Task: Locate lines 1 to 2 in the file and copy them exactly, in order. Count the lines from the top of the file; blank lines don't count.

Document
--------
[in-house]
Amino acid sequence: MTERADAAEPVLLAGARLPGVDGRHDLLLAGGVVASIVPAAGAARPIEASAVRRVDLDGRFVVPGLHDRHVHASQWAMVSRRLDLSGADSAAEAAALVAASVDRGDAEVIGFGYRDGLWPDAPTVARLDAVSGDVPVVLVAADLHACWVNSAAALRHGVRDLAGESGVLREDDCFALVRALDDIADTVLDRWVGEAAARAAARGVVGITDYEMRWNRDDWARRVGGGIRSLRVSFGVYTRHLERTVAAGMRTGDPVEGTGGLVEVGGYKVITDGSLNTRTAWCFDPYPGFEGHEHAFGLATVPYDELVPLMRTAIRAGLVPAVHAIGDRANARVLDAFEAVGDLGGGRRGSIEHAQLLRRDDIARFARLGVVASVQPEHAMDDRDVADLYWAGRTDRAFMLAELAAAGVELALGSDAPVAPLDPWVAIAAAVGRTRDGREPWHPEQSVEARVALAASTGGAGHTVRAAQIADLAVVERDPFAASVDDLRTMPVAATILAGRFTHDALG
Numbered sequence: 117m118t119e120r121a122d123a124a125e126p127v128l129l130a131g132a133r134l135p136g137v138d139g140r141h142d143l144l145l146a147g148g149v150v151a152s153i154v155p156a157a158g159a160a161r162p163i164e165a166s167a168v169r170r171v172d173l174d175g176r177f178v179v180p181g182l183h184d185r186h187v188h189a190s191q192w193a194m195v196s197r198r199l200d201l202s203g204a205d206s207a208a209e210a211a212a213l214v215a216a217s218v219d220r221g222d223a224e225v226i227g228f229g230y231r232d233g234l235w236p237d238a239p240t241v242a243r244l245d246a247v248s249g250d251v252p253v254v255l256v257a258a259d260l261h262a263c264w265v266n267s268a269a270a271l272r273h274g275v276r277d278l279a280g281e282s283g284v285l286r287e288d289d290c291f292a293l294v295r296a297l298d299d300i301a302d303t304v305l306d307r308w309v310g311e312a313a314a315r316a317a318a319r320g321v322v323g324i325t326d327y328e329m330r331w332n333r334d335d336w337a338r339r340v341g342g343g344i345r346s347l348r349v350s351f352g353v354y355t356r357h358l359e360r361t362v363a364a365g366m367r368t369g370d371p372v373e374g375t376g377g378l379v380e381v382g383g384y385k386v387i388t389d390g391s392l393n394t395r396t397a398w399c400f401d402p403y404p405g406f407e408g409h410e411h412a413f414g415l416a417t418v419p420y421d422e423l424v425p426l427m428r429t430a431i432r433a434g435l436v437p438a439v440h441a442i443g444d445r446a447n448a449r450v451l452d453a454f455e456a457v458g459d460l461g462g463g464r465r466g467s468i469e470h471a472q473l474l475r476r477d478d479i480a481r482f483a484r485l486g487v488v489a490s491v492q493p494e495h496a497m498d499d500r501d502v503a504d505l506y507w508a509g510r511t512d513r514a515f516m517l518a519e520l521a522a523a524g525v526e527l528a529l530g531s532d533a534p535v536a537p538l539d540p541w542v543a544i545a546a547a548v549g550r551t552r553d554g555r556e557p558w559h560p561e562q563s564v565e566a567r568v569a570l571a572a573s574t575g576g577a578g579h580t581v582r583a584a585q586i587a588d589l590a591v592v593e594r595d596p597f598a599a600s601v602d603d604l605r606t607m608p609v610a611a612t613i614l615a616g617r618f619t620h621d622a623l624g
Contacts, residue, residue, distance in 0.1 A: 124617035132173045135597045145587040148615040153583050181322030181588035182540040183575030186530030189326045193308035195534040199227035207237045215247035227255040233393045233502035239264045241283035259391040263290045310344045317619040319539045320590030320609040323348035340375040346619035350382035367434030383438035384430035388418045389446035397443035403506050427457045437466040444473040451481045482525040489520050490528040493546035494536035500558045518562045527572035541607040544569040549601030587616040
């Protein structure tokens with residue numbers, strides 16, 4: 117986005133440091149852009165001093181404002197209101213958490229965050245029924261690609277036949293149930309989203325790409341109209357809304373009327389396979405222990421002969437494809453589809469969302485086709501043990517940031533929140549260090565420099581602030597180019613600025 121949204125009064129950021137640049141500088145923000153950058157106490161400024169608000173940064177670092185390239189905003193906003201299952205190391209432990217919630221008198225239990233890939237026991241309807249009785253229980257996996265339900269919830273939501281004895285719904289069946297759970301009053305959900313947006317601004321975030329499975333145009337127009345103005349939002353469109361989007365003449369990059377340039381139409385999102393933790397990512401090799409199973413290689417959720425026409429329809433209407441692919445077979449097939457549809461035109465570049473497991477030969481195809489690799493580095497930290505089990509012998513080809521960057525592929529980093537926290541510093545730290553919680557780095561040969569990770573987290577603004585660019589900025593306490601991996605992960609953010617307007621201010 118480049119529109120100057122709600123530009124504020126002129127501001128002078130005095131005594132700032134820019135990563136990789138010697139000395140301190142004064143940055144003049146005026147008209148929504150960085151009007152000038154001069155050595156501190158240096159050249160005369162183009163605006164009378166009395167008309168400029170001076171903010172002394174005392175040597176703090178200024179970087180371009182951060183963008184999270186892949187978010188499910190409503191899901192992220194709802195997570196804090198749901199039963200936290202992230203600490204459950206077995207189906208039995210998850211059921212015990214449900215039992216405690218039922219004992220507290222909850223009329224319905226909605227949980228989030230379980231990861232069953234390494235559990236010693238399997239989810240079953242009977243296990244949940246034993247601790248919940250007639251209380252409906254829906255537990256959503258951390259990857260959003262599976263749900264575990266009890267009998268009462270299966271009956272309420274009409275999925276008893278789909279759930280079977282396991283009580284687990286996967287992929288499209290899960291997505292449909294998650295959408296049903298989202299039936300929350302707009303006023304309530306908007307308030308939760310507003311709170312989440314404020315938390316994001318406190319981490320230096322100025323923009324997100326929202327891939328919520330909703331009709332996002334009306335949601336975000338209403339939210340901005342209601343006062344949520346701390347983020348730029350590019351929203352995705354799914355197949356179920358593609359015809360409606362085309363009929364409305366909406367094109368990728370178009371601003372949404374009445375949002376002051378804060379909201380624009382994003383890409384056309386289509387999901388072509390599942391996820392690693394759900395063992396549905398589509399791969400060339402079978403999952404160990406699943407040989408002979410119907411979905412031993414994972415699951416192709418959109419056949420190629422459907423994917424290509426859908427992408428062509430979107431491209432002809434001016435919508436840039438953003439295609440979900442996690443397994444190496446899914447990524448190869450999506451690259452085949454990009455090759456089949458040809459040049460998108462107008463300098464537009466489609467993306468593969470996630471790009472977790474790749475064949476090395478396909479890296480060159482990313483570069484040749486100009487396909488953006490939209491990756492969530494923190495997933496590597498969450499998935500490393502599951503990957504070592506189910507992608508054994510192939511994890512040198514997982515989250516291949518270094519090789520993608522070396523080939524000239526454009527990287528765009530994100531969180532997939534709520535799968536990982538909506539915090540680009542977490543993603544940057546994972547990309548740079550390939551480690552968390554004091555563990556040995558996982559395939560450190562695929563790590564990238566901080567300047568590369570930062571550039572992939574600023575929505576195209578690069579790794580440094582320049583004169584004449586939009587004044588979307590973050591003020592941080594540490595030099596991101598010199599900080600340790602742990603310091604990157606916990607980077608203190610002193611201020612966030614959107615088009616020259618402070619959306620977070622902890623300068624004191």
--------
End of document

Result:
[in-house]
Amino acid sequence: MTERADAAEPVLLAGARLPGVDGRHDLLLAGGVVASIVPAAGAARPIEASAVRRVDLDGRFVVPGLHDRHVHASQWAMVSRRLDLSGADSAAEAAALVAASVDRGDAEVIGFGYRDGLWPDAPTVARLDAVSGDVPVVLVAADLHACWVNSAAALRHGVRDLAGESGVLREDDCFALVRALDDIADTVLDRWVGEAAARAAARGVVGITDYEMRWNRDDWARRVGGGIRSLRVSFGVYTRHLERTVAAGMRTGDPVEGTGGLVEVGGYKVITDGSLNTRTAWCFDPYPGFEGHEHAFGLATVPYDELVPLMRTAIRAGLVPAVHAIGDRANARVLDAFEAVGDLGGGRRGSIEHAQLLRRDDIARFARLGVVASVQPEHAMDDRDVADLYWAGRTDRAFMLAELAAAGVELALGSDAPVAPLDPWVAIAAAVGRTRDGREPWHPEQSVEARVALAASTGGAGHTVRAAQIADLAVVERDPFAASVDDLRTMPVAATILAGRFTHDALG